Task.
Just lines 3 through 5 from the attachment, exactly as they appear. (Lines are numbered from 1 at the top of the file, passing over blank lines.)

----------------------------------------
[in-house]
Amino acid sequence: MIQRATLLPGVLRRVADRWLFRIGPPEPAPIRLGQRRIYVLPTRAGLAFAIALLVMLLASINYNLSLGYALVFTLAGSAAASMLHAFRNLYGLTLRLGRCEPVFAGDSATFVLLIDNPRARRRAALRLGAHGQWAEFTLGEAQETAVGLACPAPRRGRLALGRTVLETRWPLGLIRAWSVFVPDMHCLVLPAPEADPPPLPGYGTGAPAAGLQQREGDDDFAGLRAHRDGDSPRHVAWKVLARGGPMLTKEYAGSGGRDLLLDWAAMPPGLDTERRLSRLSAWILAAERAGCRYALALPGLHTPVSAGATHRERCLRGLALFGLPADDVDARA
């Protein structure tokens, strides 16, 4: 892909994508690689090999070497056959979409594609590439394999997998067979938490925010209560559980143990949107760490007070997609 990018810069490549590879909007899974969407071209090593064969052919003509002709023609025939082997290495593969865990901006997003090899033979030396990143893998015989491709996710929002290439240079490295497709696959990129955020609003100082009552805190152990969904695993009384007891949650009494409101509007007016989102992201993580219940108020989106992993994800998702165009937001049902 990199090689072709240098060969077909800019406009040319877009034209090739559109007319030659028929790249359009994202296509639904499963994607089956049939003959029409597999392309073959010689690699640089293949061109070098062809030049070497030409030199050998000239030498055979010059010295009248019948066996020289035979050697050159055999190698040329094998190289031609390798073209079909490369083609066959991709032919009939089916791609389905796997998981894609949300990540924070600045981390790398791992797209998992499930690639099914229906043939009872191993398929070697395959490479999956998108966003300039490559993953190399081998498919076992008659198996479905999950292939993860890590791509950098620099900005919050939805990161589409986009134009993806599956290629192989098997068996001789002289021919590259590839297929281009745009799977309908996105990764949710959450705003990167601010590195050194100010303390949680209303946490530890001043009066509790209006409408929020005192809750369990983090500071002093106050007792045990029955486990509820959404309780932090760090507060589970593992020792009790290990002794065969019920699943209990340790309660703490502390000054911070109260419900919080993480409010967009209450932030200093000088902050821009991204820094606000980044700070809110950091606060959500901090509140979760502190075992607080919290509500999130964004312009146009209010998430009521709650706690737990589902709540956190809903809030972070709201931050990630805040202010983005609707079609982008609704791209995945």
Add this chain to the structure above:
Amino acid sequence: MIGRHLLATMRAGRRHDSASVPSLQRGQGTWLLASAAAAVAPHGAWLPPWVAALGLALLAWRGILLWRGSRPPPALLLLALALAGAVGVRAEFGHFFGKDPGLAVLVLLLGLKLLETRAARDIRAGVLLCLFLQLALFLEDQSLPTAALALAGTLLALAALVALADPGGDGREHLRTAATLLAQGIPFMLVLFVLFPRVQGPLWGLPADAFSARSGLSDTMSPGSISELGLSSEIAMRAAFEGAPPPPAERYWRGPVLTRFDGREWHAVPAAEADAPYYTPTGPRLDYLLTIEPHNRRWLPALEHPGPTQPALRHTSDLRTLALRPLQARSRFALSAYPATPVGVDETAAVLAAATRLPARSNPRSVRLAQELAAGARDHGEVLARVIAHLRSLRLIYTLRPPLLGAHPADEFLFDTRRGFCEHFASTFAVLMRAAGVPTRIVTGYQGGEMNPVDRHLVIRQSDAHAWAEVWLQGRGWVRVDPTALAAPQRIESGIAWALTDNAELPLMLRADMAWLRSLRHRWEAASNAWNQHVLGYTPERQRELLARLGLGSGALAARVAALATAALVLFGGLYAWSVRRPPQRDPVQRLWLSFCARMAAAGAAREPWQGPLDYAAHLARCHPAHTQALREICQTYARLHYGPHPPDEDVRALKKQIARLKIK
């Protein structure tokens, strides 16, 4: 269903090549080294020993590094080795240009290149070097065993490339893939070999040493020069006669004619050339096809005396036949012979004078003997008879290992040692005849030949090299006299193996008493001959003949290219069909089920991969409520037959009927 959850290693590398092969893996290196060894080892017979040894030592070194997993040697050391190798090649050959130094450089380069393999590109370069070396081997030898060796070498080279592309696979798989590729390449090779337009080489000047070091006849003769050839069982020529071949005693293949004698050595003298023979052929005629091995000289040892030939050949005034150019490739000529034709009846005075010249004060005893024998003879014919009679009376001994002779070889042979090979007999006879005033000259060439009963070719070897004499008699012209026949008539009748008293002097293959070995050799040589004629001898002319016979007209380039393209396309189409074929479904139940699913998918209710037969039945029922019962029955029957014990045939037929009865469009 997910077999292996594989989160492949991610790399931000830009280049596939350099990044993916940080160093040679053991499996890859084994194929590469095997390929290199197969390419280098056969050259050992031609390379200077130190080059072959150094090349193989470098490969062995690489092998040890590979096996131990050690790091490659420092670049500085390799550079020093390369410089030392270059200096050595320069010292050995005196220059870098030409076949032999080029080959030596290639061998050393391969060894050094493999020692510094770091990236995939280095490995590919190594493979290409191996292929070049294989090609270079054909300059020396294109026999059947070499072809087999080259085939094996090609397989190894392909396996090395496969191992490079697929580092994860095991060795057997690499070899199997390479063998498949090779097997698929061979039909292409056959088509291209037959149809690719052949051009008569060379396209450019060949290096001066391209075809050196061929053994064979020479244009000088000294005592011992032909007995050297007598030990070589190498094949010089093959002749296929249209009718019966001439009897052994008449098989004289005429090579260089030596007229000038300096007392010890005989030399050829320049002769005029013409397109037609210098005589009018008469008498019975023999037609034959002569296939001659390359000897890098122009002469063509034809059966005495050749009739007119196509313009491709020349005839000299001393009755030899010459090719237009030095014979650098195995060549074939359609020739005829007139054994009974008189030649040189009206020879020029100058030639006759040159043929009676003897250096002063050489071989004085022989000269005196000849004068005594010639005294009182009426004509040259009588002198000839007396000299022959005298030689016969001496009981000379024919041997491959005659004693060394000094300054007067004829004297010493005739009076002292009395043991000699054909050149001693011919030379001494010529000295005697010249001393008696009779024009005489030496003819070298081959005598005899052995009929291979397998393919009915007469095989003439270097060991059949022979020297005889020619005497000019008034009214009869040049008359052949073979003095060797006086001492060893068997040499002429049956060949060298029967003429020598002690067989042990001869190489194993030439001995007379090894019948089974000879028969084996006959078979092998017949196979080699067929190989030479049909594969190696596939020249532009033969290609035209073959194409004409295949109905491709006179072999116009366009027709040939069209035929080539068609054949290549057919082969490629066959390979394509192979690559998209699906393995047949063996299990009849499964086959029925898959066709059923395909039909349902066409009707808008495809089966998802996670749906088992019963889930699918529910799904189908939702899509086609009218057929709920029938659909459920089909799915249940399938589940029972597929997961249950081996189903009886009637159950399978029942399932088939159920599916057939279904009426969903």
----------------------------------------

């Protein structure tokens, strides 16, 4: 892909994508690689090999070497056959979409594609590439394999997998067979938490925010209560559980143990949107760490007070997609 990018810069490549590879909007899974969407071209090593064969052919003509002709023609025939082997290495593969865990901006997003090899033979030396990143893998015989491709996710929002290439240079490295497709696959990129955020609003100082009552805190152990969904695993009384007891949650009494409101509007007016989102992201993580219940108020989106992993994800998702165009937001049902 990199090689072709240098060969077909800019406009040319877009034209090739559109007319030659028929790249359009994202296509639904499963994607089956049939003959029409597999392309073959010689690699640089293949061109070098062809030049070497030409030199050998000239030498055979010059010295009248019948066996020289035979050697050159055999190698040329094998190289031609390798073209079909490369083609066959991709032919009939089916791609389905796997998981894609949300990540924070600045981390790398791992797209998992499930690639099914229906043939009872191993398929070697395959490479999956998108966003300039490559993953190399081998498919076992008659198996479905999950292939993860890590791509950098620099900005919050939805990161589409986009134009993806599956290629192989098997068996001789002289021919590259590839297929281009745009799977309908996105990764949710959450705003990167601010590195050194100010303390949680209303946490530890001043009066509790209006409408929020005192809750369990983090500071002093106050007792045990029955486990509820959404309780932090760090507060589970593992020792009790290990002794065969019920699943209990340790309660703490502390000054911070109260419900919080993480409010967009209450932030200093000088902050821009991204820094606000980044700070809110950091606060959500901090509140979760502190075992607080919290509500999130964004312009146009209010998430009521709650706690737990589902709540956190809903809030972070709201931050990630805040202010983005609707079609982008609704791209995945």
Add this chain to the structure above:
Amino acid sequence: MIGRHLLATMRAGRRHDSASVPSLQRGQGTWLLASAAAAVAPHGAWLPPWVAALGLALLAWRGILLWRGSRPPPALLLLALALAGAVGVRAEFGHFFGKDPGLAVLVLLLGLKLLETRAARDIRAGVLLCLFLQLALFLEDQSLPTAALALAGTLLALAALVALADPGGDGREHLRTAATLLAQGIPFMLVLFVLFPRVQGPLWGLPADAFSARSGLSDTMSPGSISELGLSSEIAMRAAFEGAPPPPAERYWRGPVLTRFDGREWHAVPAAEADAPYYTPTGPRLDYLLTIEPHNRRWLPALEHPGPTQPALRHTSDLRTLALRPLQARSRFALSAYPATPVGVDETAAVLAAATRLPARSNPRSVRLAQELAAGARDHGEVLARVIAHLRSLRLIYTLRPPLLGAHPADEFLFDTRRGFCEHFASTFAVLMRAAGVPTRIVTGYQGGEMNPVDRHLVIRQSDAHAWAEVWLQGRGWVRVDPTALAAPQRIESGIAWALTDNAELPLMLRADMAWLRSLRHRWEAASNAWNQHVLGYTPERQRELLARLGLGSGALAARVAALATAALVLFGGLYAWSVRRPPQRDPVQRLWLSFCARMAAAGAAREPWQGPLDYAAHLARCHPAHTQALREICQTYARLHYGPHPPDEDVRALKKQIARLKIK